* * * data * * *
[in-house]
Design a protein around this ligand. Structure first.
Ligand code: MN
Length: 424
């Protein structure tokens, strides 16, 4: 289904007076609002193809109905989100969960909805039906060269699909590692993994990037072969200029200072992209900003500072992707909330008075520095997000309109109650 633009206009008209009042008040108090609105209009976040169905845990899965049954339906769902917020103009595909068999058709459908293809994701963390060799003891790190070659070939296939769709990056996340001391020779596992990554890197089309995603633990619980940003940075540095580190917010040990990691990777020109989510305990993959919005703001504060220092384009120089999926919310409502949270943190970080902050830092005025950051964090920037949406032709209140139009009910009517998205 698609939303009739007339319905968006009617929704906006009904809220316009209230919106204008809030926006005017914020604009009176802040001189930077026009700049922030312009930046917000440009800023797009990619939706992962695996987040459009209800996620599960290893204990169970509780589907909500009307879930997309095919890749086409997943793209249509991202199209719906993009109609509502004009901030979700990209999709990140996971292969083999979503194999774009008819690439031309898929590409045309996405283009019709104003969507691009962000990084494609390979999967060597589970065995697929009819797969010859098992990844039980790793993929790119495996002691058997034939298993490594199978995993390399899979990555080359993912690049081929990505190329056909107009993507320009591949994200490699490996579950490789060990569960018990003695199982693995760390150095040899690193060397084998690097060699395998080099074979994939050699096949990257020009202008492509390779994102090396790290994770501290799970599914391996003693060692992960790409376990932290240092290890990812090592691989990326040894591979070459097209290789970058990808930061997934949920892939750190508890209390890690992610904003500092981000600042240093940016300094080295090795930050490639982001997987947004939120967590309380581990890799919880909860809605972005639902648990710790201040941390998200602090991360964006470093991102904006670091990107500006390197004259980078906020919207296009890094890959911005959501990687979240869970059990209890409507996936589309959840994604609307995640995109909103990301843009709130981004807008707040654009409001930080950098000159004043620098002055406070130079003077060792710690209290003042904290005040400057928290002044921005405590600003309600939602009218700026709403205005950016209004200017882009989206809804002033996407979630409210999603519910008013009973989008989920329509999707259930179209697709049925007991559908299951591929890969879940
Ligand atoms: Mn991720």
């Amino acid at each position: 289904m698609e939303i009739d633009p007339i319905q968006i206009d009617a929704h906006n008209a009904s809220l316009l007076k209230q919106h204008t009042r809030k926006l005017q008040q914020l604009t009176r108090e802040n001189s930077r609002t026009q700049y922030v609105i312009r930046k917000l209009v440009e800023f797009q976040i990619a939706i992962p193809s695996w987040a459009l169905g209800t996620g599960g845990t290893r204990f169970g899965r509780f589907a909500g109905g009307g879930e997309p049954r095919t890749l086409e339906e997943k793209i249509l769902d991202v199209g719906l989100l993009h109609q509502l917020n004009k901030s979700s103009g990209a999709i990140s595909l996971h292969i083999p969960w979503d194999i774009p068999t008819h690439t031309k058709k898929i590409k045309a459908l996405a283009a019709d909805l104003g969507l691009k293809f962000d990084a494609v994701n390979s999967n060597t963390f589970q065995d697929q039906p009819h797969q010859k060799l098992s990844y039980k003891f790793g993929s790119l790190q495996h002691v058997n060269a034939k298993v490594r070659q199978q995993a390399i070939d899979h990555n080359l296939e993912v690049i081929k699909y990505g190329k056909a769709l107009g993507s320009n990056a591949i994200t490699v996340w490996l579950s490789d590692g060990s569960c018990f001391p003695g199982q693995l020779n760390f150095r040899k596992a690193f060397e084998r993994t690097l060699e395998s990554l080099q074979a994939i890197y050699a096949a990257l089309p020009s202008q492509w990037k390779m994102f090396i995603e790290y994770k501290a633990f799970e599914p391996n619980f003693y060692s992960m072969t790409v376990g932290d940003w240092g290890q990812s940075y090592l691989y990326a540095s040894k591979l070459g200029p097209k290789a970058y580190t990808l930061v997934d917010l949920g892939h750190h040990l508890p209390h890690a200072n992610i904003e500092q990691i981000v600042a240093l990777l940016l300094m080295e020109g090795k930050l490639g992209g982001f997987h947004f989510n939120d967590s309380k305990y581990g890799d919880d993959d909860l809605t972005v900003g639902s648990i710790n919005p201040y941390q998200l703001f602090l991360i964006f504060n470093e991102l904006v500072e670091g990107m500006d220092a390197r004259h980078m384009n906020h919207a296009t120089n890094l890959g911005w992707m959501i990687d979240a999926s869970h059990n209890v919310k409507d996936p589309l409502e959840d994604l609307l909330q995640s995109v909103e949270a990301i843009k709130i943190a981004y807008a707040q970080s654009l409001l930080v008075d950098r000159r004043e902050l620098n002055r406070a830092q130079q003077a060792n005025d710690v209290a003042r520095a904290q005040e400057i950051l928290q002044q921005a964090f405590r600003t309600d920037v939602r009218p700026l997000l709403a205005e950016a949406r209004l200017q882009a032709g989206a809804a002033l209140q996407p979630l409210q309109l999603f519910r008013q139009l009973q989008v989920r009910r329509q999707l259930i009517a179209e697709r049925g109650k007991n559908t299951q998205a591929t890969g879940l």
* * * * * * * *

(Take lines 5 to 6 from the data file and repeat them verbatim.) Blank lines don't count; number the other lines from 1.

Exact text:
């Protein structure tokens, strides 16, 4: 289904007076609002193809109905989100969960909805039906060269699909590692993994990037072969200029200072992209900003500072992707909330008075520095997000309109109650 633009206009008209009042008040108090609105209009976040169905845990899965049954339906769902917020103009595909068999058709459908293809994701963390060799003891790190070659070939296939769709990056996340001391020779596992990554890197089309995603633990619980940003940075540095580190917010040990990691990777020109989510305990993959919005703001504060220092384009120089999926919310409502949270943190970080902050830092005025950051964090920037949406032709209140139009009910009517998205 698609939303009739007339319905968006009617929704906006009904809220316009209230919106204008809030926006005017914020604009009176802040001189930077026009700049922030312009930046917000440009800023797009990619939706992962695996987040459009209800996620599960290893204990169970509780589907909500009307879930997309095919890749086409997943793209249509991202199209719906993009109609509502004009901030979700990209999709990140996971292969083999979503194999774009008819690439031309898929590409045309996405283009019709104003969507691009962000990084494609390979999967060597589970065995697929009819797969010859098992990844039980790793993929790119495996002691058997034939298993490594199978995993390399899979990555080359993912690049081929990505190329056909107009993507320009591949994200490699490996579950490789060990569960018990003695199982693995760390150095040899690193060397084998690097060699395998080099074979994939050699096949990257020009202008492509390779994102090396790290994770501290799970599914391996003693060692992960790409376990932290240092290890990812090592691989990326040894591979070459097209290789970058990808930061997934949920892939750190508890209390890690992610904003500092981000600042240093940016300094080295090795930050490639982001997987947004939120967590309380581990890799919880909860809605972005639902648990710790201040941390998200602090991360964006470093991102904006670091990107500006390197004259980078906020919207296009890094890959911005959501990687979240869970059990209890409507996936589309959840994604609307995640995109909103990301843009709130981004807008707040654009409001930080950098000159004043620098002055406070130079003077060792710690209290003042904290005040400057928290002044921005405590600003309600939602009218700026709403205005950016209004200017882009989206809804002033996407979630409210999603519910008013009973989008989920329509999707259930179209697709049925007991559908299951591929890969879940
Ligand atoms: Mn991720």